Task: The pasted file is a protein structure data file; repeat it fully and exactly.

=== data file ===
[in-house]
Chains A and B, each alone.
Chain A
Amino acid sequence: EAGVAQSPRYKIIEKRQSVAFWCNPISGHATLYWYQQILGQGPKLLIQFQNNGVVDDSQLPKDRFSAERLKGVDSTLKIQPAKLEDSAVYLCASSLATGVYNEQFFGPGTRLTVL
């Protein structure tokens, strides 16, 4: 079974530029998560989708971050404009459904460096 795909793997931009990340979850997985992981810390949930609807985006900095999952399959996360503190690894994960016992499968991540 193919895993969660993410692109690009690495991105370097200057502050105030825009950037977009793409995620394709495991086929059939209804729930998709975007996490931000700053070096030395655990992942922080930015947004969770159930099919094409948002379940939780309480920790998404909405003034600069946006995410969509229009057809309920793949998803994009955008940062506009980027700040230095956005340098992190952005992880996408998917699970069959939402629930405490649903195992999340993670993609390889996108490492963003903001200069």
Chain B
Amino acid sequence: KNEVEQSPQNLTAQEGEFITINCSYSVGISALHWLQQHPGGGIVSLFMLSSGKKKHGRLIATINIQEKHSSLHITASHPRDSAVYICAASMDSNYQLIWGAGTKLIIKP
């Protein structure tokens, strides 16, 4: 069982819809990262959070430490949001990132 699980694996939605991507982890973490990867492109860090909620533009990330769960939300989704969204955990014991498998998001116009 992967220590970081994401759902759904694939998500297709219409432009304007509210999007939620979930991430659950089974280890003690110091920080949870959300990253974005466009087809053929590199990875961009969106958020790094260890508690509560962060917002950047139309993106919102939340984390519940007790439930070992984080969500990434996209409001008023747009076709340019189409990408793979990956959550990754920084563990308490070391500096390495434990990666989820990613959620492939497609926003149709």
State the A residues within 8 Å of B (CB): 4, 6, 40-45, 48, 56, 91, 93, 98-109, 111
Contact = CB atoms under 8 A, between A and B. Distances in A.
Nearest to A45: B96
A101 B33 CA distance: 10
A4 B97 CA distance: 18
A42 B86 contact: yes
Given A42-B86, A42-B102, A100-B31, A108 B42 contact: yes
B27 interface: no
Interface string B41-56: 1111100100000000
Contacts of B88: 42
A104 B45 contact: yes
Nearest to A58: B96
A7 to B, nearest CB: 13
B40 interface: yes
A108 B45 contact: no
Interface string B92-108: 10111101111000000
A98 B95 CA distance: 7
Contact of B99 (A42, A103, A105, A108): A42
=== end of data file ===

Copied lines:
[in-house]
Chains A and B, each alone.
Chain A
Amino acid sequence: EAGVAQSPRYKIIEKRQSVAFWCNPISGHATLYWYQQILGQGPKLLIQFQNNGVVDDSQLPKDRFSAERLKGVDSTLKIQPAKLEDSAVYLCASSLATGVYNEQFFGPGTRLTVL
């Protein structure tokens, strides 16, 4: 079974530029998560989708971050404009459904460096 795909793997931009990340979850997985992981810390949930609807985006900095999952399959996360503190690894994960016992499968991540 193919895993969660993410692109690009690495991105370097200057502050105030825009950037977009793409995620394709495991086929059939209804729930998709975007996490931000700053070096030395655990992942922080930015947004969770159930099919094409948002379940939780309480920790998404909405003034600069946006995410969509229009057809309920793949998803994009955008940062506009980027700040230095956005340098992190952005992880996408998917699970069959939402629930405490649903195992999340993670993609390889996108490492963003903001200069």
Chain B
Amino acid sequence: KNEVEQSPQNLTAQEGEFITINCSYSVGISALHWLQQHPGGGIVSLFMLSSGKKKHGRLIATINIQEKHSSLHITASHPRDSAVYICAASMDSNYQLIWGAGTKLIIKP
């Protein structure tokens, strides 16, 4: 069982819809990262959070430490949001990132 699980694996939605991507982890973490990867492109860090909620533009990330769960939300989704969204955990014991498998998001116009 992967220590970081994401759902759904694939998500297709219409432009304007509210999007939620979930991430659950089974280890003690110091920080949870959300990253974005466009087809053929590199990875961009969106958020790094260890508690509560962060917002950047139309993106919102939340984390519940007790439930070992984080969500990434996209409001008023747009076709340019189409990408793979990956959550990754920084563990308490070391500096390495434990990666989820990613959620492939497609926003149709």
State the A residues within 8 Å of B (CB): 4, 6, 40-45, 48, 56, 91, 93, 98-109, 111
Contact = CB atoms under 8 A, between A and B. Distances in A.
Nearest to A45: B96
A101 B33 CA distance: 10
A4 B97 CA distance: 18
A42 B86 contact: yes
Given A42-B86, A42-B102, A100-B31, A108 B42 contact: yes
B27 interface: no
Interface string B41-56: 1111100100000000
Contacts of B88: 42
A104 B45 contact: yes
Nearest to A58: B96
A7 to B, nearest CB: 13
B40 interface: yes
A108 B45 contact: no
Interface string B92-108: 10111101111000000
A98 B95 CA distance: 7
Contact of B99 (A42, A103, A105, A108): A42